We had another ‘Schild & Vriend Revivial Game’ this month, this time organized by Bart Vetters, and hosted as usual at Phil’s Gaming Attic. Again, Eddy Sterckx was so kind to provide us with a gaming report:
Last night - at what is already becoming a fine tradition - we had another game in Phil’s attic.
Bart had adapted the Wings of War – WWI dogfighting - system to work on hexes and we were ready to try it out in a series of dogfights : Tommies versus Jerries. As the dogfights throughout the night unfolded it would mostly come down to 1-1 fights between a slow moving, highly maneuverable versus a fast moving, slow turning plane.
The system basically is about guessing where your opponent will be next turn, picking the right three maneuver cards and hope you can get a shot in. Damage done can go all the way from a tiny hole in the wing canvas (0 points damage) to a bullet through the pilot’s head (game over)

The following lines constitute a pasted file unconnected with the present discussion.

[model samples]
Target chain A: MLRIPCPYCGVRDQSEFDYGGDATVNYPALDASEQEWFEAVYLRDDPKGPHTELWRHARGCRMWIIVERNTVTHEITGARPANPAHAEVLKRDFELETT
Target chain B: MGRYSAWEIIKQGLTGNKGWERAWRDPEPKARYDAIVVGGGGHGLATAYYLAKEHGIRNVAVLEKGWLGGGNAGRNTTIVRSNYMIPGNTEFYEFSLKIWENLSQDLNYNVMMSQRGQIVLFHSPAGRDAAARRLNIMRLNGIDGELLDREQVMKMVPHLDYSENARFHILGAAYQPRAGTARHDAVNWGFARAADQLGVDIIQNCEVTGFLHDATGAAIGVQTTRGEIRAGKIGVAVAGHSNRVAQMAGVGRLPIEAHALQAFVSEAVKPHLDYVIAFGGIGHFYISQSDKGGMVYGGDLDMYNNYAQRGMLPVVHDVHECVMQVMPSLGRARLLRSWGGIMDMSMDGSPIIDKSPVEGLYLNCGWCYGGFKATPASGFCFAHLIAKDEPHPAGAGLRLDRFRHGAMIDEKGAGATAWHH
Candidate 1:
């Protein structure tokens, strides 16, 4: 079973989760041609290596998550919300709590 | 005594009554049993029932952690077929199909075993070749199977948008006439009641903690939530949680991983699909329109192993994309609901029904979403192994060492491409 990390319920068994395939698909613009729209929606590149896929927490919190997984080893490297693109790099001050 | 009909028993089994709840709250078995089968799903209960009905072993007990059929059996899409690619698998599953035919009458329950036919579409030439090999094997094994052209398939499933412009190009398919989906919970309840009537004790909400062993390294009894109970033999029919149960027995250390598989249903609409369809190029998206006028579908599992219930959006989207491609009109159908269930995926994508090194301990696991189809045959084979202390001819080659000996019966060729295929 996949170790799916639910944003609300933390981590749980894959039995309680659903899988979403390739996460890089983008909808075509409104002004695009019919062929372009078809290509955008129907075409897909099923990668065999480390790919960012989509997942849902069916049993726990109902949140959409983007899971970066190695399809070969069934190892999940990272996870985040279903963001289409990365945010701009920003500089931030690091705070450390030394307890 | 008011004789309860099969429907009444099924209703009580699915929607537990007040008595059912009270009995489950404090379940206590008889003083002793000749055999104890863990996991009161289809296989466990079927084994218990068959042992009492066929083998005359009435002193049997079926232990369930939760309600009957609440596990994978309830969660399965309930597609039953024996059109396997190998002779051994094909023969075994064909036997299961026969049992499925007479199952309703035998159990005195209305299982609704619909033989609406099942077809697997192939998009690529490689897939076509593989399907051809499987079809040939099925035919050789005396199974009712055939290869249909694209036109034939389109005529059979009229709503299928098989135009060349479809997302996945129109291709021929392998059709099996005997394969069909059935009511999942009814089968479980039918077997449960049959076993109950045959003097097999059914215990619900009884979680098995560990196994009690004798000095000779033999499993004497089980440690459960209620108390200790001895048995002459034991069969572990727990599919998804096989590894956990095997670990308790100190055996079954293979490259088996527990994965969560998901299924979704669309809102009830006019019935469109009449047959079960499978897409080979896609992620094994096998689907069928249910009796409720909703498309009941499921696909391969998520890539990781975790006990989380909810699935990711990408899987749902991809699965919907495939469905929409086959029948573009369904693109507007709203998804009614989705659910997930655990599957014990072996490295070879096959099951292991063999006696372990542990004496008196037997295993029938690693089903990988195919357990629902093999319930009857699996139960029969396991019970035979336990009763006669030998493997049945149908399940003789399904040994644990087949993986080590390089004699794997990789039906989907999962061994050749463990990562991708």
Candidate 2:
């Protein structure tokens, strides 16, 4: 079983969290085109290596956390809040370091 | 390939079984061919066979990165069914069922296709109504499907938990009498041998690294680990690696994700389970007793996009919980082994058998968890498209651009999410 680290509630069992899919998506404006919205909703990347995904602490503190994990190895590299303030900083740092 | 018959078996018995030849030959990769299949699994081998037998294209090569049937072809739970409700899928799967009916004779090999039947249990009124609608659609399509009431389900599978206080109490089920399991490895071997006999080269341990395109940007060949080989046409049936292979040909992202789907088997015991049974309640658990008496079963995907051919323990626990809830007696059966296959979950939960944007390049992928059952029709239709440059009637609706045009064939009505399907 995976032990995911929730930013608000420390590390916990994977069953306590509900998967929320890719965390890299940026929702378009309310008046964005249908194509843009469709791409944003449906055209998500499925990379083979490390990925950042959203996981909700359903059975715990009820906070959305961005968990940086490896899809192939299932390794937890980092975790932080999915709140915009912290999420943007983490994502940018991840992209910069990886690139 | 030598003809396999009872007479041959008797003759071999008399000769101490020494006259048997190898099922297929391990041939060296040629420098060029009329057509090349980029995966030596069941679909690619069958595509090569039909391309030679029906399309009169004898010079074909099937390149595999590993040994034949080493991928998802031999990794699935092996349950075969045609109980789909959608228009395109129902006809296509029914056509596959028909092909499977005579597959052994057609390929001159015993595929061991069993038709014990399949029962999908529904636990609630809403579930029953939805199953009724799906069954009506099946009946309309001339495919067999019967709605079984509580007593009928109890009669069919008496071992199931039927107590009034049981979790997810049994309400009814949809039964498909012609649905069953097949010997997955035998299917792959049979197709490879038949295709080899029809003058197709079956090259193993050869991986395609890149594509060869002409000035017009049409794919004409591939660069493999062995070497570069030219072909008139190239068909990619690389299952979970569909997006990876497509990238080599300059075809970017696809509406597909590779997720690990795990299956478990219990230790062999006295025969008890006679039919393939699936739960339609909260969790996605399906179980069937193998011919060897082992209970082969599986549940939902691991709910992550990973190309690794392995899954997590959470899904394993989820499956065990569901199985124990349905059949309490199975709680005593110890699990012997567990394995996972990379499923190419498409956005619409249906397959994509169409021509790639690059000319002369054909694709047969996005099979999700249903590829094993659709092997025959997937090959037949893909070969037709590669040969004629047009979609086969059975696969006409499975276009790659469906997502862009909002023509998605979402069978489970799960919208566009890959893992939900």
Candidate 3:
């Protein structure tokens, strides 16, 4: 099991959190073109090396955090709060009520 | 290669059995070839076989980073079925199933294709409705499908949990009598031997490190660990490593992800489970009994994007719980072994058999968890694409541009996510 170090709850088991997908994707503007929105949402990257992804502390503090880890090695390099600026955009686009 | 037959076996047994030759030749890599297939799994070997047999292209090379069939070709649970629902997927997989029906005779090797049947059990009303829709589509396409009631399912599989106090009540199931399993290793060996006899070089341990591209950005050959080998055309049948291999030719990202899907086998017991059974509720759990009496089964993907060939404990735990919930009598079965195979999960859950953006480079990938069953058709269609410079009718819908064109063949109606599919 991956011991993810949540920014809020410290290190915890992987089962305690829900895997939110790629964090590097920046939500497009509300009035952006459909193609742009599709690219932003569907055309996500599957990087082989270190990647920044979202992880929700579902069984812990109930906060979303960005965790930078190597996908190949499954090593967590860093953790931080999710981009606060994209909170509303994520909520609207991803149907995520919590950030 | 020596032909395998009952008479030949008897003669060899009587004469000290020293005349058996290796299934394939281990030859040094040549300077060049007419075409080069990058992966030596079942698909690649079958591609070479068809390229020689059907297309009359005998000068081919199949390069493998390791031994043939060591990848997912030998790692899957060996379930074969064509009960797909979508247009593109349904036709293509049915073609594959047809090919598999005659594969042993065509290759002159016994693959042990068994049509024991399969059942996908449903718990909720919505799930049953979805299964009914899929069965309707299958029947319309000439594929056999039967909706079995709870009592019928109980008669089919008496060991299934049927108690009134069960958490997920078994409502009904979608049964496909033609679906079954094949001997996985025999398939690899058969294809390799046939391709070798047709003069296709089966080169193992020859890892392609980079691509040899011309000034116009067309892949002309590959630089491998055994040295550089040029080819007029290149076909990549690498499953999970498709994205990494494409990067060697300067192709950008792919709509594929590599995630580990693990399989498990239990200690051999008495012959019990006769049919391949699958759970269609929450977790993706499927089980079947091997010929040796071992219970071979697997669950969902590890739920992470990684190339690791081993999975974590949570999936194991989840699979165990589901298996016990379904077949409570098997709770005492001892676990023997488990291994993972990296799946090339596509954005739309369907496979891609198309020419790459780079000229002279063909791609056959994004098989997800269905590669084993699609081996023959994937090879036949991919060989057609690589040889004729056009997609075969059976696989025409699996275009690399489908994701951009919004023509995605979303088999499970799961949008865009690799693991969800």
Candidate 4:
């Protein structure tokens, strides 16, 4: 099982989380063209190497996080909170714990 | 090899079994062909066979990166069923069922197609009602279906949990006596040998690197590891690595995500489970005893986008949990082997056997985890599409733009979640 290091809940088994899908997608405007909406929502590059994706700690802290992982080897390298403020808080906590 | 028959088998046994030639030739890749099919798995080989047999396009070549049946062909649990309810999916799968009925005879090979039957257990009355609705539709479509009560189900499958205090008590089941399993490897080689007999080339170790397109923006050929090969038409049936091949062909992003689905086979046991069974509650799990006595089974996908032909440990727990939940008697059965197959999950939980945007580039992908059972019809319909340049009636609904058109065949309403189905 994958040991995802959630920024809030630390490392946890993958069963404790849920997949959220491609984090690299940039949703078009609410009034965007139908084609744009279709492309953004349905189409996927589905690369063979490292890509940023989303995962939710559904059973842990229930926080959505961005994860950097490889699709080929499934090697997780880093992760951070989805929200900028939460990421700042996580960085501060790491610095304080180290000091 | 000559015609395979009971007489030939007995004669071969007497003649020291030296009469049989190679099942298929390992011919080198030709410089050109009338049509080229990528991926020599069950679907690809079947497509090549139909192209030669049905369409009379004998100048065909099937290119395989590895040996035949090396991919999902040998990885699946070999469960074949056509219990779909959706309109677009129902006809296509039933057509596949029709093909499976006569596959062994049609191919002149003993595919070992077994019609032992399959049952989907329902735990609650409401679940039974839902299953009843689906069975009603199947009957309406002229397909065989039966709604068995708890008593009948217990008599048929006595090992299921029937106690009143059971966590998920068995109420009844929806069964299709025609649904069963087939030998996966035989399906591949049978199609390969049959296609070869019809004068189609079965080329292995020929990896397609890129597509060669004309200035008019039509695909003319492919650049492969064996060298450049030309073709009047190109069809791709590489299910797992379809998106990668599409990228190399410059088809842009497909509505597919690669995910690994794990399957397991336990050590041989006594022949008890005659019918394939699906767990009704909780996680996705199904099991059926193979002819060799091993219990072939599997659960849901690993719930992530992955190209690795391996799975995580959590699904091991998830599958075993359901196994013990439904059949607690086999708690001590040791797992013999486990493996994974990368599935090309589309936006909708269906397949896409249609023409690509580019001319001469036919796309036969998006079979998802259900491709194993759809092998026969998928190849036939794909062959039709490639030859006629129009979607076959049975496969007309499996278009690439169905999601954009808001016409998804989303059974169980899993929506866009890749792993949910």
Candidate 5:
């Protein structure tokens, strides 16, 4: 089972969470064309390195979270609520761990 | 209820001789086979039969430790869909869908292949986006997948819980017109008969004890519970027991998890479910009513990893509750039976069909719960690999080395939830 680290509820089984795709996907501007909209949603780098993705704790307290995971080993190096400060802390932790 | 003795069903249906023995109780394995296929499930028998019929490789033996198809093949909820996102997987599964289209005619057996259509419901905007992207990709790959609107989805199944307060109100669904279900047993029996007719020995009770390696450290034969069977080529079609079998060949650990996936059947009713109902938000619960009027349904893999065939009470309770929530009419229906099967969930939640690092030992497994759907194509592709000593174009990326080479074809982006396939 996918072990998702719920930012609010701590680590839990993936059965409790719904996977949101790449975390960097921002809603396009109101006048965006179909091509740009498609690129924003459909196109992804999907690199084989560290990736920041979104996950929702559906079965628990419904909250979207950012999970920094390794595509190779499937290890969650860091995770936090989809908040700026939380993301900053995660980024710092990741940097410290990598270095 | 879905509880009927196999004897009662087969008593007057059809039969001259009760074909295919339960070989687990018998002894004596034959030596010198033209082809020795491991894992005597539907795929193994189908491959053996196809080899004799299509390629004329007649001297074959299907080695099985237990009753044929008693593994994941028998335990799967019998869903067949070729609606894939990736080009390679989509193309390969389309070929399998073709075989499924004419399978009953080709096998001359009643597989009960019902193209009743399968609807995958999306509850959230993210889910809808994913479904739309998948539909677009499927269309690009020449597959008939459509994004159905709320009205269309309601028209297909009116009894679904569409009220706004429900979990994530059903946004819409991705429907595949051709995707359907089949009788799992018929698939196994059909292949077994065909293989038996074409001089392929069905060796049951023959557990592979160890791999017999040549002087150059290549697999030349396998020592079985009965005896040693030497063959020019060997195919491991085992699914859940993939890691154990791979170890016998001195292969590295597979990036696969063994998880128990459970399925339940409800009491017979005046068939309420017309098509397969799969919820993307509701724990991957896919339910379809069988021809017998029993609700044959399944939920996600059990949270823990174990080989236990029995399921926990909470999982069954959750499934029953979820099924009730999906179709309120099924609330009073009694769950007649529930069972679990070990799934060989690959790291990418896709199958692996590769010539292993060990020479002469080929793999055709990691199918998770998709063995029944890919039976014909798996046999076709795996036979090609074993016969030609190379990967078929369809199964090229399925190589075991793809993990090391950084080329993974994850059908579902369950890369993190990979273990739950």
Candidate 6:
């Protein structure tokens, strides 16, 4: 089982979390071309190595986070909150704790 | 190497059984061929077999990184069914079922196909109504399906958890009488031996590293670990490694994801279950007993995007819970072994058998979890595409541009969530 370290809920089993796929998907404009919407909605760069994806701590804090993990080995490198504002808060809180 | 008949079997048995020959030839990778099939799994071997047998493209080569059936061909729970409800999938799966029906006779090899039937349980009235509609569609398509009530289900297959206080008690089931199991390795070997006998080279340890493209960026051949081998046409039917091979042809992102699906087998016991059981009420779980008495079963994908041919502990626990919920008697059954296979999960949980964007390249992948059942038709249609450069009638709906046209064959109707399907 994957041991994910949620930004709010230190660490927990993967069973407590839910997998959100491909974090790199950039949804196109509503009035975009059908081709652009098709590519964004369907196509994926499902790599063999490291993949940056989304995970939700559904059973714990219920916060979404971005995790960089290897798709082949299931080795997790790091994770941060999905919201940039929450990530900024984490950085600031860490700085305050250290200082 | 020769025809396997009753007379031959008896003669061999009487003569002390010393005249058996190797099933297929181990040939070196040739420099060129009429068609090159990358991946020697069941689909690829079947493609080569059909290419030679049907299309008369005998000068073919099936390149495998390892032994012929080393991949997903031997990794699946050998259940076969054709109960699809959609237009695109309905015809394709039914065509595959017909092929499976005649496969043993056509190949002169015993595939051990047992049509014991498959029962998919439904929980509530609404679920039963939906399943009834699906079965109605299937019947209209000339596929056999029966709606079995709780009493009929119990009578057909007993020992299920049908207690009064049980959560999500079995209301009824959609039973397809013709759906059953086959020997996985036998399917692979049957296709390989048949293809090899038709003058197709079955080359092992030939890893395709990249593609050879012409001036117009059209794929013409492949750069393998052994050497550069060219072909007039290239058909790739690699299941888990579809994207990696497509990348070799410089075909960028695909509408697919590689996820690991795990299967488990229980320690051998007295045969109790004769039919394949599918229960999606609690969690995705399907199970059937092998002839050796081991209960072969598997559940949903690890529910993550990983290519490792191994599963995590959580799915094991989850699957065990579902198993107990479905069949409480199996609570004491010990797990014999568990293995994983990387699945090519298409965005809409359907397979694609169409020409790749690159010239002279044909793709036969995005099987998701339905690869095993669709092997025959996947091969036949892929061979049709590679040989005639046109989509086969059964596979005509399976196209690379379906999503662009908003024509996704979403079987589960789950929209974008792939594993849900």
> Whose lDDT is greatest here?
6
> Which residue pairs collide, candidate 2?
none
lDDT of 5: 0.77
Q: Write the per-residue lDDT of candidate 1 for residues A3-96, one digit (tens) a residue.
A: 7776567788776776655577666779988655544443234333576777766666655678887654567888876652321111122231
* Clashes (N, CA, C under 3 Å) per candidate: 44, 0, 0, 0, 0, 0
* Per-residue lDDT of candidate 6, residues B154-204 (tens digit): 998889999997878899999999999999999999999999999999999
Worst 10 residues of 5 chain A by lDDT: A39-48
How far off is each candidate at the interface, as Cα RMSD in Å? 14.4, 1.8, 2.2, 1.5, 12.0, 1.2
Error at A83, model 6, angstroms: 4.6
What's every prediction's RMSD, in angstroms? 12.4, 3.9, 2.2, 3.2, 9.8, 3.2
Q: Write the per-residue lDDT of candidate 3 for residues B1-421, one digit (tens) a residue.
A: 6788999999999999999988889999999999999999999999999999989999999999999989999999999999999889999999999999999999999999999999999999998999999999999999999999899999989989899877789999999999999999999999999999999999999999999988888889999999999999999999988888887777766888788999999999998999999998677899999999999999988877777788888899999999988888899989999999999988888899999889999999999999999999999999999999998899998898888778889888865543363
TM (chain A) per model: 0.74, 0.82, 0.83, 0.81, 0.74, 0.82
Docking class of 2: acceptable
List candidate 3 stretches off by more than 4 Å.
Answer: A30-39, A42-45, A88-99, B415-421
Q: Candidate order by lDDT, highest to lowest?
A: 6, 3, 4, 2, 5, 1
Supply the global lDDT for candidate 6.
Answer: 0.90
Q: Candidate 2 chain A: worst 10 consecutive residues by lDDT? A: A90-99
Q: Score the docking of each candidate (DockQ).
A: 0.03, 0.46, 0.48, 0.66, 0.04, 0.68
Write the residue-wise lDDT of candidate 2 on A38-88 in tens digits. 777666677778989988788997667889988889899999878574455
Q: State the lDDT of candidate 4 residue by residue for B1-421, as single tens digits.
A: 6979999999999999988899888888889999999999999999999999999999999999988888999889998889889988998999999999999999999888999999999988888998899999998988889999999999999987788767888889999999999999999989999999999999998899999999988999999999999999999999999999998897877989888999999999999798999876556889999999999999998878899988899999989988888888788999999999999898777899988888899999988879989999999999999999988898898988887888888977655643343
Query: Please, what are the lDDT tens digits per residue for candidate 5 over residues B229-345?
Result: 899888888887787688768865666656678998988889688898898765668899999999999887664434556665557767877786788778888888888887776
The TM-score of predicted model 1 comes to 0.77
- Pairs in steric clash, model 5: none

The first round immediately taught us the important lesson that given the size-constraints of the terrain you better plan ahead … carefully … very carefully. Over the evening more planes were lost due to flying “out of bounds” then to enemy fire. This especially proved to be a disadvantage for the faster planes who were often reduced to “fly straight ahead – Immelmann – fly straight ahead in the other direction” tactics. A brilliant suggestion to reduce the distance flown by one hex managed to remedy this in one stroke: the third round “felt”’ correct with “real” dogfights going on across the boards. I think that everyone agreed that this single correction made the system 99% playable as is, no further tinkering required, though a bigger board and missions (photographing / bombing / strafing) would add to the variety.
Now as to the question of which plane is better : the slow movers / hard turners or the fast movers / slow turners opinion is still divided – we’ll probably need another game-night like this to really get to grips with the system. So as Frank would say : Ze Red Baron vill fly again !